User Beware: Disturbing Report Reveals How Much Sexual Content Is Fed to Minors on Instagram


A disturbing new report is shedding some potentially damning light on one of the world’s most popular social media platforms.

In a joint effort with Laura Edelson, a computer science professor at Northeastern University, The Wall Street Journal reported that the Meta-owned Instagram has an odd propensity to aggressively push sexual content to users as young as 13 years old.

“Instagram regularly recommends sexual videos to accounts for teenagers that appear interested in racy content, and does so within minutes of when they first log in,” the  news outlet reported.

WSJ collected a number of examples, and they go well beyond what one might expect from “Instagram models.”

WARNING: The following contains descriptions that some readers will find offensive or disturbing.

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Some examples of the sexual content WSJ reported on included:

  • A video of a woman pulling her underwear off (from a first-person perspective, so you see nothing but feet and underwear), alongside a caption of “When he says he’s into small Asian white sophomore nursing students.”
  • Two images making coded references to masturbation (alongside an image of a woman in lingerie) and unprotected sex (alongside an image focused on a woman’s buttocks), respectively.
  • A short video of a woman in a skirt provocatively spreading her legs (nothing is shown) to the caption “I’ve learned that 40 is…”
  • A young woman in lingerie taking a selfie on a bed.
  • A provocatively zoomed-in image of a woman in a red dress.

Edelson and the WSJ investigated this concerning phenomena by creating new, dummy Instagram accounts, and setting the age on the profile as 13. Those dummy accounts would then just “watch” Instagram Reels, which are the platform’s curated offerings. These tests were performed primarily from January through April. The Journal performed an additional test in June.

“Instagram served a mix of videos that, from the start, included moderately racy content such as women dancing seductively or posing in positions that emphasized their breasts,” The Journal reported. “When the accounts skipped past other clips but watched those racy videos to completion, Reels recommended edgier content.

Have you or do you use Instagram?

“Adult sex-content creators began appearing in the feeds in as little as three minutes.

“After less than 20 minutes watching Reels, the test accounts’ feeds were dominated by promotions for such creators, some offering to send nude photos to users who engaged with their posts.”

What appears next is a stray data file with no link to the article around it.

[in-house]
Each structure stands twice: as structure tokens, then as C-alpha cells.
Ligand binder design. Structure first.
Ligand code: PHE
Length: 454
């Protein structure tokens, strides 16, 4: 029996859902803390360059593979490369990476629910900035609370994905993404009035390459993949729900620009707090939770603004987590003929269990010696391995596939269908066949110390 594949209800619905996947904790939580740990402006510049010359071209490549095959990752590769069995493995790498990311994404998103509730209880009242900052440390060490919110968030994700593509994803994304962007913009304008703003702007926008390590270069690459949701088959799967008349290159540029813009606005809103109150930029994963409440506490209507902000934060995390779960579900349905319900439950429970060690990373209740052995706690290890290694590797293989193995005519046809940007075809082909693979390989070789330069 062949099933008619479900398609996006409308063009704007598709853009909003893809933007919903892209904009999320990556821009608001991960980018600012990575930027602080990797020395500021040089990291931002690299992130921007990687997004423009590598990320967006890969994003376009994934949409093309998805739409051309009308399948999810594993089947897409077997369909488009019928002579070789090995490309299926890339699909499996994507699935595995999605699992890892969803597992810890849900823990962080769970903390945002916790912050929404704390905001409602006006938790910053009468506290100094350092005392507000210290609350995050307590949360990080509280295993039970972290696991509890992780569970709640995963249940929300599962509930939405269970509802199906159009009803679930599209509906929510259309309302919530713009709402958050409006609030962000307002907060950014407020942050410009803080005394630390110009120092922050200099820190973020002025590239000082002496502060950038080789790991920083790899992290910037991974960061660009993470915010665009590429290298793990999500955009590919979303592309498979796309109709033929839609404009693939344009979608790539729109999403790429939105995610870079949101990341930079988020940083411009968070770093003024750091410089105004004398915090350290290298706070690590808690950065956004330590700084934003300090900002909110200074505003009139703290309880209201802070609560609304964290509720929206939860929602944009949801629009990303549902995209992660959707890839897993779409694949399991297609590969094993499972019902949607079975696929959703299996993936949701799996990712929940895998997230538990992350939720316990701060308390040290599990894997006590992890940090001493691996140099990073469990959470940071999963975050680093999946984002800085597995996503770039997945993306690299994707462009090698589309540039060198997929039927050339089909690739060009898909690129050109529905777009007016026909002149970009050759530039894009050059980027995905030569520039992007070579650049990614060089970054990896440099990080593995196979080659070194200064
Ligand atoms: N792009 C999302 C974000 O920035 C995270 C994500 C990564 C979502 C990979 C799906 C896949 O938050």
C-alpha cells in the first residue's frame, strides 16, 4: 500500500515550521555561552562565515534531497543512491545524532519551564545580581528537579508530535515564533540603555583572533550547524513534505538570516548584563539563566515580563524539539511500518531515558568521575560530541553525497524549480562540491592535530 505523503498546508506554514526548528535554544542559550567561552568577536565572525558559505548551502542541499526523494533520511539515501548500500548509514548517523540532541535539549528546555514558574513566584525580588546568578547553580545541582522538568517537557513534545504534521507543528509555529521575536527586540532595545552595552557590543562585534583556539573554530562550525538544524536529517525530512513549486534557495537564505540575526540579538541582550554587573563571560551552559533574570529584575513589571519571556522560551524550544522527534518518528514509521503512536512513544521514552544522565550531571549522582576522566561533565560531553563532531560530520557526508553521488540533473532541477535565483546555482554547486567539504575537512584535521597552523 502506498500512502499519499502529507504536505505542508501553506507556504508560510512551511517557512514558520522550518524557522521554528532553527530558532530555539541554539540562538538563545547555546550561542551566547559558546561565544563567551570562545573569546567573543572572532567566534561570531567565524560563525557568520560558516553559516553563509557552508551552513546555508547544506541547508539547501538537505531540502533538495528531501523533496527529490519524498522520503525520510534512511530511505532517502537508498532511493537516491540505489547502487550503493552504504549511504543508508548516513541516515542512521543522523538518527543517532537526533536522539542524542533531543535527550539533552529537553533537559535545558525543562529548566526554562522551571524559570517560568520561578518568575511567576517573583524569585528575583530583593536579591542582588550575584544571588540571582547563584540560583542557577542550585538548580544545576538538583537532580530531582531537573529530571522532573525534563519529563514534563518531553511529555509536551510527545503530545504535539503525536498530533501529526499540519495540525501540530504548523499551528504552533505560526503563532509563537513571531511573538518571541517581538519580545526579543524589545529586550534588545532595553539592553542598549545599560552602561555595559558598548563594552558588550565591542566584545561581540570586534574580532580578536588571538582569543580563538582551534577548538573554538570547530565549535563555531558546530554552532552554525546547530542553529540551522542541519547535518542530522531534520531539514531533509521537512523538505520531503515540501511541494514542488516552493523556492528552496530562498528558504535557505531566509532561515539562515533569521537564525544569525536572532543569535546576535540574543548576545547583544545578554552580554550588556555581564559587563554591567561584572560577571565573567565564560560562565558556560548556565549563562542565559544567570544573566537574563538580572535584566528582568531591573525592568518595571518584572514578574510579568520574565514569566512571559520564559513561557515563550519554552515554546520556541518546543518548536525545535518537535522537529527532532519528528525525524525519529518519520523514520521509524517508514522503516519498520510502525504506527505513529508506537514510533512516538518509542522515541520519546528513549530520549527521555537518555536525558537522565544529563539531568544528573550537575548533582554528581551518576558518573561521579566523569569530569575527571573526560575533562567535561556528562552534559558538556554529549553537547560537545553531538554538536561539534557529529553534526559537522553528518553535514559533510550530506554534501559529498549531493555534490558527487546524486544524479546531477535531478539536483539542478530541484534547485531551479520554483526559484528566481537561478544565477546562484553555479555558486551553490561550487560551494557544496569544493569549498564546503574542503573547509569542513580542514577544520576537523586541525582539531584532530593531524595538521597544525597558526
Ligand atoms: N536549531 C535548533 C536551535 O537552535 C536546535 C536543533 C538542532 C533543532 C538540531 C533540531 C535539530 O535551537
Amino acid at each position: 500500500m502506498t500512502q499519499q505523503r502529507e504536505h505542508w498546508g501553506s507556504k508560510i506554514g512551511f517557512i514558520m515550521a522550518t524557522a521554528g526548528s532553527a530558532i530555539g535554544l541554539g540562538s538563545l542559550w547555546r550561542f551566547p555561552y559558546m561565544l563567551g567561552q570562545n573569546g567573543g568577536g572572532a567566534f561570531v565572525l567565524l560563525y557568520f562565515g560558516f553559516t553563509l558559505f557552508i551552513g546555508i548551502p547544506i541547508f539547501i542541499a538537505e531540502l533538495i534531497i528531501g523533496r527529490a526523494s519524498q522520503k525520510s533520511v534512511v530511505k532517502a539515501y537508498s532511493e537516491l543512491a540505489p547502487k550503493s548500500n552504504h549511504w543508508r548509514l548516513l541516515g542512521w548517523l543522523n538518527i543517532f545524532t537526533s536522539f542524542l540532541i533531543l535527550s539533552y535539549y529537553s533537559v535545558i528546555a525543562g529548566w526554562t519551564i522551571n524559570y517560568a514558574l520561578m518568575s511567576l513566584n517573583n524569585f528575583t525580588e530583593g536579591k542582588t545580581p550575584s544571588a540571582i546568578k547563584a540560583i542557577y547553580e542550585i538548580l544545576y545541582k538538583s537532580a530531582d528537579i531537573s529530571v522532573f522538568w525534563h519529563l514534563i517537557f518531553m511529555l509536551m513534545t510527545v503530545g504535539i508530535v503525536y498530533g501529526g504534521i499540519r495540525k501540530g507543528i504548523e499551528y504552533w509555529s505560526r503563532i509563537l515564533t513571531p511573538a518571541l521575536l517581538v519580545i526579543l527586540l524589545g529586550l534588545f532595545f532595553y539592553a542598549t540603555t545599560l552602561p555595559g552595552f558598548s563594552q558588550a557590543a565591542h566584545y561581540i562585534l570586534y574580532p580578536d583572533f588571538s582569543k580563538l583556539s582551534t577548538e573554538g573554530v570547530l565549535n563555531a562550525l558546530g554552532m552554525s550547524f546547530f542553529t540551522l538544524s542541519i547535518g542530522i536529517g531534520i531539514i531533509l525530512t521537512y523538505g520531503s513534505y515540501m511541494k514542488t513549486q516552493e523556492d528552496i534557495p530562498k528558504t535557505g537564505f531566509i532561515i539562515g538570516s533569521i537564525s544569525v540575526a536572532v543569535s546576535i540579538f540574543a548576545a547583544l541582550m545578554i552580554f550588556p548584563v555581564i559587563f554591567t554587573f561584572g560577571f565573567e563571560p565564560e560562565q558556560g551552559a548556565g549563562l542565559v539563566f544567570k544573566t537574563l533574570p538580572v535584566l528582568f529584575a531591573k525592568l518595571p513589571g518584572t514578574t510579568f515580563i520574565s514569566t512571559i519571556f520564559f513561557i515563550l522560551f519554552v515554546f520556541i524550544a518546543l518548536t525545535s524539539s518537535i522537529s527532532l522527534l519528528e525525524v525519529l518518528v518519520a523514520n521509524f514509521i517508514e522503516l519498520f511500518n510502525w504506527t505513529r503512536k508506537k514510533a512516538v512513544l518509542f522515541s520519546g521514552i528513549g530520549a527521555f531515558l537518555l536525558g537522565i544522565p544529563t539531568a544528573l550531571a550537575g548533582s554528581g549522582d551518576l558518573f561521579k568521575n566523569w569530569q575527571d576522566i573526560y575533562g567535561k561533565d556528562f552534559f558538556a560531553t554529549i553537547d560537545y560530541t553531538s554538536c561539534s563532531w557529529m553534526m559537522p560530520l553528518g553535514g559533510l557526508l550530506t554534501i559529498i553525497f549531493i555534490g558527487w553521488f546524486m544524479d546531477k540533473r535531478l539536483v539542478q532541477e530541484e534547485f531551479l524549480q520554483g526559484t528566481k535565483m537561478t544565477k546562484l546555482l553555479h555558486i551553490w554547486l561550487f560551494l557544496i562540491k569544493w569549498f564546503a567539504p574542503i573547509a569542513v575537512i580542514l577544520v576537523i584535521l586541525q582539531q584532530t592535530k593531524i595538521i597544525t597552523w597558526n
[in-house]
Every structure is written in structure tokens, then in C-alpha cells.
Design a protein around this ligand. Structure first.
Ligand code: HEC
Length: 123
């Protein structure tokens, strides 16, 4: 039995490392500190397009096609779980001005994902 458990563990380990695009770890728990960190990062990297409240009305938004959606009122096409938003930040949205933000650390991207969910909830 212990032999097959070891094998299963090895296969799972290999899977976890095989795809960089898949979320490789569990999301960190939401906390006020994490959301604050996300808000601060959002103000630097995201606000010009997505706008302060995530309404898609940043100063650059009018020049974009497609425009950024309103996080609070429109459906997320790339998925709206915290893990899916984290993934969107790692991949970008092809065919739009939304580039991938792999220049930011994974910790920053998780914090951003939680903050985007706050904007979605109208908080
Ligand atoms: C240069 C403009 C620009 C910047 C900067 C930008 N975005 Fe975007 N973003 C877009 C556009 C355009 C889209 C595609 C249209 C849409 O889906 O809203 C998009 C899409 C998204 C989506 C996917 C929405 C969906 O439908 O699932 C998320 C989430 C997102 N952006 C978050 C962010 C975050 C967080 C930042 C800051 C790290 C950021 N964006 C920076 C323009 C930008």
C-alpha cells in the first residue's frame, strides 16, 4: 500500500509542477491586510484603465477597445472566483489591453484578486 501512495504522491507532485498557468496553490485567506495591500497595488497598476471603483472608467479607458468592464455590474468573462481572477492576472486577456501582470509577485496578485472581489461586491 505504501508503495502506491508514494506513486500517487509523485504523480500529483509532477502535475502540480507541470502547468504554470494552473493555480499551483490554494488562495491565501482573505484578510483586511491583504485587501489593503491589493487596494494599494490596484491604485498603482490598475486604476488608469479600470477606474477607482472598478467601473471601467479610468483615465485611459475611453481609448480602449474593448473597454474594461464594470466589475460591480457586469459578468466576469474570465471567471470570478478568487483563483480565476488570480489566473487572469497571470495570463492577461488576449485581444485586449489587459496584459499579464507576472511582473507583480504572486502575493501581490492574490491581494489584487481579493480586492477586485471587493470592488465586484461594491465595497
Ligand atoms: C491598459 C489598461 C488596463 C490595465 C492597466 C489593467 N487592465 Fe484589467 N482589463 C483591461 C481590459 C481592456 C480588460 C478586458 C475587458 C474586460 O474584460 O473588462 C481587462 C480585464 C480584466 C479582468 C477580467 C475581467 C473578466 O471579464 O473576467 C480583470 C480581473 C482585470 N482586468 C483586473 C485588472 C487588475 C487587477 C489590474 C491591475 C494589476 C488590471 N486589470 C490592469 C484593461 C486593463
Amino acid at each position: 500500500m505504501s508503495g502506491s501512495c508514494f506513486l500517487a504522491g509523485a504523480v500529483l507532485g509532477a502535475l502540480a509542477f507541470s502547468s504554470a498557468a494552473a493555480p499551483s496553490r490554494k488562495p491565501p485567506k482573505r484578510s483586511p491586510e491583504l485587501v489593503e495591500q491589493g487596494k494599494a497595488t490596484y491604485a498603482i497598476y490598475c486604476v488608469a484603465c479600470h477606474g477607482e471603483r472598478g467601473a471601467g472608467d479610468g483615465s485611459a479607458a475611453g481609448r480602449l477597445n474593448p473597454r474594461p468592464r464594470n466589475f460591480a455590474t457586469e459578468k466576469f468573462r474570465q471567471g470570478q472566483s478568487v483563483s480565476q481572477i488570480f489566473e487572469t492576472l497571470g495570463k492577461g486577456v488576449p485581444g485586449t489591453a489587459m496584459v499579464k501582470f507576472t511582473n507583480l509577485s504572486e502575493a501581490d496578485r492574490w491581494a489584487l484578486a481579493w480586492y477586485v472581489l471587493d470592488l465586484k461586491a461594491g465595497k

That is a swift and aggressive escalation of sexually charged offerings.

For Instagram parent company Meta (formerly Facebook), these are familiar issues.

As CNBC noted back in January, Meta came out and said that it would restrict the sort of content that minors would see on its platforms. Those promises came as the platform came under scrutiny for being addictive and bad for the mental health of young people.

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Those restrictions — if they were ever actually even put in place — clearly aren’t working, and it very much seems like a Meta problem.

As the Wall Street Journal noted, similar tests conducted on social media platforms Snapchat and TikTok did not yield results that were anywhere near as aggressive as Instagram.

Meta, for its part, shrugged off this report as much ado about nothing.

“This was an artificial experiment that doesn’t match the reality of how teens use Instagram,” Meta representative Andy Stone told the outlet.

Even if these findings are the nothingburger that Stone makes them out to be, it should still be a sobering reminder of how important it is for parents to be aware of what sort of content their children are consuming.

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Bryan Chai has written news and sports for The Western Journal for more than five years and has produced more than 1,300 stories. He specializes in the NBA and NFL as well as politics.
Bryan Chai has written news and sports for The Western Journal for more than five years and has produced more than 1,300 stories. He specializes in the NBA and NFL as well as politics. He graduated with a BA in Creative Writing from the University of Arizona. He is an avid fan of sports, video games, politics and debate.
Class of 2010 University of Arizona. BEAR DOWN.
Phoenix, Arizona
Languages Spoken
English, Korean
Topics of Expertise
Sports, Entertainment, Science/Tech